Moving Beyond Customer Satisfaction

There is a big difference between customers who are satisfied and customers who are raving fans—people that feel so strongly about your product or service that they brag about you to others. But too often companies are lulled into complacency by above-average scores—“Hey, we’re getting a four out of five. Isn’t that great?”

“It’s not,” says Kathy Cuff coauthor (together with Ken Blanchard and Vicki Halsey) of the new book, Legendary Service, scheduled for release later this month. “Even with a four out of five rating, customers will still jump ship. Good customer service isn’t good enough to drive the type of loyalty that binds a customer to you and your brand. We have to constantly be driving for fives—and the emotional connection that level of service creates. It doesn't mean we will always get there, but we have to keep moving toward that goal.”

Everyone Needs to Be Involved

In order to create a first-class, top-to-bottom customer experience, Cuff believes you have to address it from three different levels within your organization.

“Frontline people are important of course. They are the ones having direct contact with the customer. At an individual level, you want people to see how they contribute and make a difference.

“The next level to focus on is the management level. Managers play an important role in leading others. It’s important for them to be a good role model for the organization’s service initiative. It’s also about empowering people and providing them with the skills to take care of customers.

“Finally,” explains Cuff. “We focus on the organizational level. Customer service needs to start at the top with senior leaders embracing any new service initiative and communicating the importance of having a culture of service within their organization. For senior leaders, the goal is to create an environment where associates feel like they are a valued internal customer of the organization so that they in turn want to take care of the external customer.”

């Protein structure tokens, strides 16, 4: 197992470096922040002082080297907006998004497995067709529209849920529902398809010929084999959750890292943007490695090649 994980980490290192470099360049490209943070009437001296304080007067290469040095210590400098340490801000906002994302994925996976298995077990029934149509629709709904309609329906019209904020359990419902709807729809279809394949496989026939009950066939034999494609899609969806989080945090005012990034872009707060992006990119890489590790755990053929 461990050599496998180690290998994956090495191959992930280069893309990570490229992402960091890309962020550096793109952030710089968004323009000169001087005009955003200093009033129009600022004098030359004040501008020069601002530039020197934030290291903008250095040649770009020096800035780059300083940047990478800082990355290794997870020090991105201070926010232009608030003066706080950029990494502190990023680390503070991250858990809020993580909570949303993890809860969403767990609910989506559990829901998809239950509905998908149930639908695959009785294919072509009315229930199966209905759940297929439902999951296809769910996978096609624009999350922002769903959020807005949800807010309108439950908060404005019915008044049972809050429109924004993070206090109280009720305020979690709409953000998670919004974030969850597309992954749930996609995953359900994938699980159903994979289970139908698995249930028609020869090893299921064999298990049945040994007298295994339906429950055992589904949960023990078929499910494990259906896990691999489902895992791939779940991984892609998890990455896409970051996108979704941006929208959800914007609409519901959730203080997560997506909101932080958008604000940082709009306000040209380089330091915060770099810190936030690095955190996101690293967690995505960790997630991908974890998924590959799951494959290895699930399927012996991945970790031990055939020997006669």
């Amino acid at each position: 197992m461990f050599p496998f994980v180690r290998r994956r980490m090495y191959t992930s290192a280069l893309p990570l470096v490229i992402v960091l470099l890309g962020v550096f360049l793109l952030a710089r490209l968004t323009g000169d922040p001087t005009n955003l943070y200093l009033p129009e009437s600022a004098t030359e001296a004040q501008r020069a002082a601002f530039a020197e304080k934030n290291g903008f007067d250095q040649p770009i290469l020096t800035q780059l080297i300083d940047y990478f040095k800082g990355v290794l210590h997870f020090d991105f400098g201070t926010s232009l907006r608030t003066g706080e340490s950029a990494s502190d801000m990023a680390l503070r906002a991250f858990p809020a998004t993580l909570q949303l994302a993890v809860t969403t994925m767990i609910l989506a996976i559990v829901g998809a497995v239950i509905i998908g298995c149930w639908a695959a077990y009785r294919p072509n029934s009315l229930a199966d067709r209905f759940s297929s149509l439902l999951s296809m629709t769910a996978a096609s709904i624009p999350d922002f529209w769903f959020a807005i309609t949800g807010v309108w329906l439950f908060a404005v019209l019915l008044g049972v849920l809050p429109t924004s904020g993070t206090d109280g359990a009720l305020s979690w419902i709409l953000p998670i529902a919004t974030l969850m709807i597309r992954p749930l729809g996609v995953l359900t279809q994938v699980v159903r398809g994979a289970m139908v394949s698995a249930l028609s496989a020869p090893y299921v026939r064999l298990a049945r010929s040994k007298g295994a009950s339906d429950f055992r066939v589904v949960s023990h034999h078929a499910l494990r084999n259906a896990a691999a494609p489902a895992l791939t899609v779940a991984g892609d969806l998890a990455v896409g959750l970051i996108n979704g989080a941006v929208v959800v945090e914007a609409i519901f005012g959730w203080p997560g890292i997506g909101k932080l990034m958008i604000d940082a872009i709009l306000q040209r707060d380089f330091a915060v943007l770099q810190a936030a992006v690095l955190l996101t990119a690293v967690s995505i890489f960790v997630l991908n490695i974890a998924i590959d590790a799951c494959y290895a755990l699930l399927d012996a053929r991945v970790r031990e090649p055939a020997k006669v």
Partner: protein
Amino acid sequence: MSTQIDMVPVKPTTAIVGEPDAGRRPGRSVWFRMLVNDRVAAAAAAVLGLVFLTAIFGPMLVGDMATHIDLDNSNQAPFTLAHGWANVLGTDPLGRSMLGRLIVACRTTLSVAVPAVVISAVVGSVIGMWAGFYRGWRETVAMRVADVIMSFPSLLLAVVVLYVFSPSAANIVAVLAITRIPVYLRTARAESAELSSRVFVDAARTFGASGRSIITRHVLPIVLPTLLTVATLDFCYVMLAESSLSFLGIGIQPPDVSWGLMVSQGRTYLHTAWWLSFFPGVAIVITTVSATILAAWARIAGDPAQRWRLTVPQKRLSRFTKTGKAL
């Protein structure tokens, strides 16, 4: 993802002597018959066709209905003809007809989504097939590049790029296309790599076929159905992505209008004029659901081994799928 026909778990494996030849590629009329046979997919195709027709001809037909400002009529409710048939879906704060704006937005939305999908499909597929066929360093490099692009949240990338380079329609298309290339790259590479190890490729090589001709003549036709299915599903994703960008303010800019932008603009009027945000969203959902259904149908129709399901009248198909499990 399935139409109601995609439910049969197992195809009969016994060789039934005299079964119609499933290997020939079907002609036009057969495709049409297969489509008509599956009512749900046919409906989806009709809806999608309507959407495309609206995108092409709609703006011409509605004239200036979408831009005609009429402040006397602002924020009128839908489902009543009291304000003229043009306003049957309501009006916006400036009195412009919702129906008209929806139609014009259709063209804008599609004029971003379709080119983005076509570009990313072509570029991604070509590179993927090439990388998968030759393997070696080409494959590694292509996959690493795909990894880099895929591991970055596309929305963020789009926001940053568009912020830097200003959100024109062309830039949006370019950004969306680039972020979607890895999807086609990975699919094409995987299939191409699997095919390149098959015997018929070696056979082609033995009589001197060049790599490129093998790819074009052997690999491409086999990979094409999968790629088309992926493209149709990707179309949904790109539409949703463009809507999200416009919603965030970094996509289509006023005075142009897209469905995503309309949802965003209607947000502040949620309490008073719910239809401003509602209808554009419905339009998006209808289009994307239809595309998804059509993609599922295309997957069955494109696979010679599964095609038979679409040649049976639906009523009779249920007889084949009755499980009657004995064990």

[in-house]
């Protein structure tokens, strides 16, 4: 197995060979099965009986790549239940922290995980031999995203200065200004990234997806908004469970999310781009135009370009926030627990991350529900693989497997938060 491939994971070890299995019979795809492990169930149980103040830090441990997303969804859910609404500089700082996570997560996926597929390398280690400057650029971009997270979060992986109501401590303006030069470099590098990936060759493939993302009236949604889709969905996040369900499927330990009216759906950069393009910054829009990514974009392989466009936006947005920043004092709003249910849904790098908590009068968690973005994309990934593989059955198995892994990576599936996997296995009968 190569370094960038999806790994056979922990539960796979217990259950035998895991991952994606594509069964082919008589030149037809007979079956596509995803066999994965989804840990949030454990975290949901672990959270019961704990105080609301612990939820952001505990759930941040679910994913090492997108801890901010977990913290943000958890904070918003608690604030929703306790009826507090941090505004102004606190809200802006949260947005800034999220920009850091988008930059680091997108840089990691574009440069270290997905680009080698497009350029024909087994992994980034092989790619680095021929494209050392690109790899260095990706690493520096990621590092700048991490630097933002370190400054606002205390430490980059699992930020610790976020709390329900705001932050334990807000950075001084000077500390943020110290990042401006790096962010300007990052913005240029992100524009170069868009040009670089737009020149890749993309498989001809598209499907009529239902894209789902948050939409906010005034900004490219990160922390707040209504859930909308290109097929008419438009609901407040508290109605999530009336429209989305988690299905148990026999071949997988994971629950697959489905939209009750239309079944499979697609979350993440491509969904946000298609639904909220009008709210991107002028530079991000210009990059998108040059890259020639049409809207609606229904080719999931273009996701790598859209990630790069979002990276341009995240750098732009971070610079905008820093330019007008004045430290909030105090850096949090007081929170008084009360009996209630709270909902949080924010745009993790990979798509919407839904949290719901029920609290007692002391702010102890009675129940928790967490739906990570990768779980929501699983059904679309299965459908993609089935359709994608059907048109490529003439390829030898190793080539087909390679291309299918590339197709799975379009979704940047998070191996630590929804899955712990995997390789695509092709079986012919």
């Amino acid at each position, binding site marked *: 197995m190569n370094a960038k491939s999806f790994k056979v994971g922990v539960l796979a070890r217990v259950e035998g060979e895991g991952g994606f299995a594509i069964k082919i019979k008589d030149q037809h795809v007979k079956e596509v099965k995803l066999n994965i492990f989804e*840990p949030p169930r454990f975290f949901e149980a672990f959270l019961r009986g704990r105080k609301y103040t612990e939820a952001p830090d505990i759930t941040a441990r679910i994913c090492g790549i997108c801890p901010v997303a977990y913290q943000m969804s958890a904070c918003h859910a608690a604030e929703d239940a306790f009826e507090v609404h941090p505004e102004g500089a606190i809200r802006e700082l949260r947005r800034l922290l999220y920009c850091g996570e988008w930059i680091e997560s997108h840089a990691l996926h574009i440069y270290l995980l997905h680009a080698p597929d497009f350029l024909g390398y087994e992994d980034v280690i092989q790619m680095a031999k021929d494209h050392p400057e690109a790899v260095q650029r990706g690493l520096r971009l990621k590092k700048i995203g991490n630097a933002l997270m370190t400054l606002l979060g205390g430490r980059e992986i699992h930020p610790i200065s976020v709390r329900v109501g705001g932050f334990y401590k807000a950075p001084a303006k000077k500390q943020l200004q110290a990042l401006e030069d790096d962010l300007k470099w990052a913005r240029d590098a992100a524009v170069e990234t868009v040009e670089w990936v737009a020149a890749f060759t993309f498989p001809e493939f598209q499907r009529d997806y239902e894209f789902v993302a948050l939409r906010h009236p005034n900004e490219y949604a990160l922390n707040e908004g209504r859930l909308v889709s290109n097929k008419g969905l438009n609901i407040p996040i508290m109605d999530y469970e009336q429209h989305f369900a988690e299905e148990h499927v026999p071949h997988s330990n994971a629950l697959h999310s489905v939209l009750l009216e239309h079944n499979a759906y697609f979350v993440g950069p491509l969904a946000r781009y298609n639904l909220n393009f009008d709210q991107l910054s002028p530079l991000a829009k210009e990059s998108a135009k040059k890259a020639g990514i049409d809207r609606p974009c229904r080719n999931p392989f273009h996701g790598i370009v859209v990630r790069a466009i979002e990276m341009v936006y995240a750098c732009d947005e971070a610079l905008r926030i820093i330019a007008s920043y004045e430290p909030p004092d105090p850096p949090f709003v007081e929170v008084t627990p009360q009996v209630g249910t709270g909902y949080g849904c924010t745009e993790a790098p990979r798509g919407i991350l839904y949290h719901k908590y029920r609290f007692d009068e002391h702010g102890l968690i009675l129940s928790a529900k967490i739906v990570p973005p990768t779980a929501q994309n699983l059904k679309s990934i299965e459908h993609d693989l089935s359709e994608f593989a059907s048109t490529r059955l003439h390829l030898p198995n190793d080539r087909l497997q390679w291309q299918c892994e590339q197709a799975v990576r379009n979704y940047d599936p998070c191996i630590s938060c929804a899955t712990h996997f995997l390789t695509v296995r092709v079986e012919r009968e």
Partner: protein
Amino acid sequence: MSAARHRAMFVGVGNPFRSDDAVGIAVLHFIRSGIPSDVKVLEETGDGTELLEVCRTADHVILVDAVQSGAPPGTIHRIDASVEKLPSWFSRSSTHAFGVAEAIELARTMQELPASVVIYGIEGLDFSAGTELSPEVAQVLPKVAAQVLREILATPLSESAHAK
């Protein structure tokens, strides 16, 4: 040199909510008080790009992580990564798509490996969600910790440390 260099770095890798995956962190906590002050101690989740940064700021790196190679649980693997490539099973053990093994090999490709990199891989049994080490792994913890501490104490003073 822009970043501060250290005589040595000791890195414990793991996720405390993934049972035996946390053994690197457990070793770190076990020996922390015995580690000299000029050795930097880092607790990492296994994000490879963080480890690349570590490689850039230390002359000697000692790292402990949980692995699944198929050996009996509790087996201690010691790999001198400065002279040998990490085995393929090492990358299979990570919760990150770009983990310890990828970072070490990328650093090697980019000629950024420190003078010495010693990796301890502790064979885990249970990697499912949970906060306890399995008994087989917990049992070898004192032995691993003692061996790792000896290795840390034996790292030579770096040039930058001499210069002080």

Creating an Intentional Culture

In a recent Forbes article, Barbara Porter, an executive director for Ernst & Young, says that leaders must acknowledge that culture and employee engagement are their responsibility. “Rather than simply focusing on HR, entitlement, or employee happiness, companies must create a culture that aligns peoples’ intrinsic values and behaviors to the guiding principles of the organization. Culture is the driving force within every organization, department and team.”

According to Porter, creating an intentional culture requires aligning the environment, communication, and emotional drivers to a company’s strategic vision and brand. Porter writes, “To build a culture that supports the brand experience, leaders must bring the corporate vision to life and help employees link what they do every day to the key elements (values, objectives, goals, key performance indicators, and behaviors) of the organization’s guiding principles and strategy.”

Mitchell Osak, a managing director of Quanta Consulting, Inc., agrees. Writing in a column for Financial Post he identifies that “Management should set high expectations for how they want their customers treated.”

However, he warns leaders that “Employees won’t take care of customers if they are not trusted, treated with respect, or listened to through formal and informal mechanisms.”

Some Things Are Different, Some Are the Same

Vicki Halsey, Cuff’s coauthor and fellow facilitator of the Legendary Service training program, explains that working with three different levels within an organization at the same time means recognizing where issues and needs are going to be the same and where they are going to be different. People at all three levels—individual contributor, mid-level manager, and senior leader—have to look at their own beliefs and behaviors and how they come across to customers and fellow team members.

“What we've done differently in our Legendary Service training program,” says Halsey, “is that we've gone a lot deeper than just teaching frontline skills. What differentiates our approach is that we have people take a look inside and examine their beliefs about serving others. We believe good service is an inside-out proposition. What are your beliefs and values around service? Are those beliefs and values getting you the results you want? Do you even believe that customer service is part of your job?”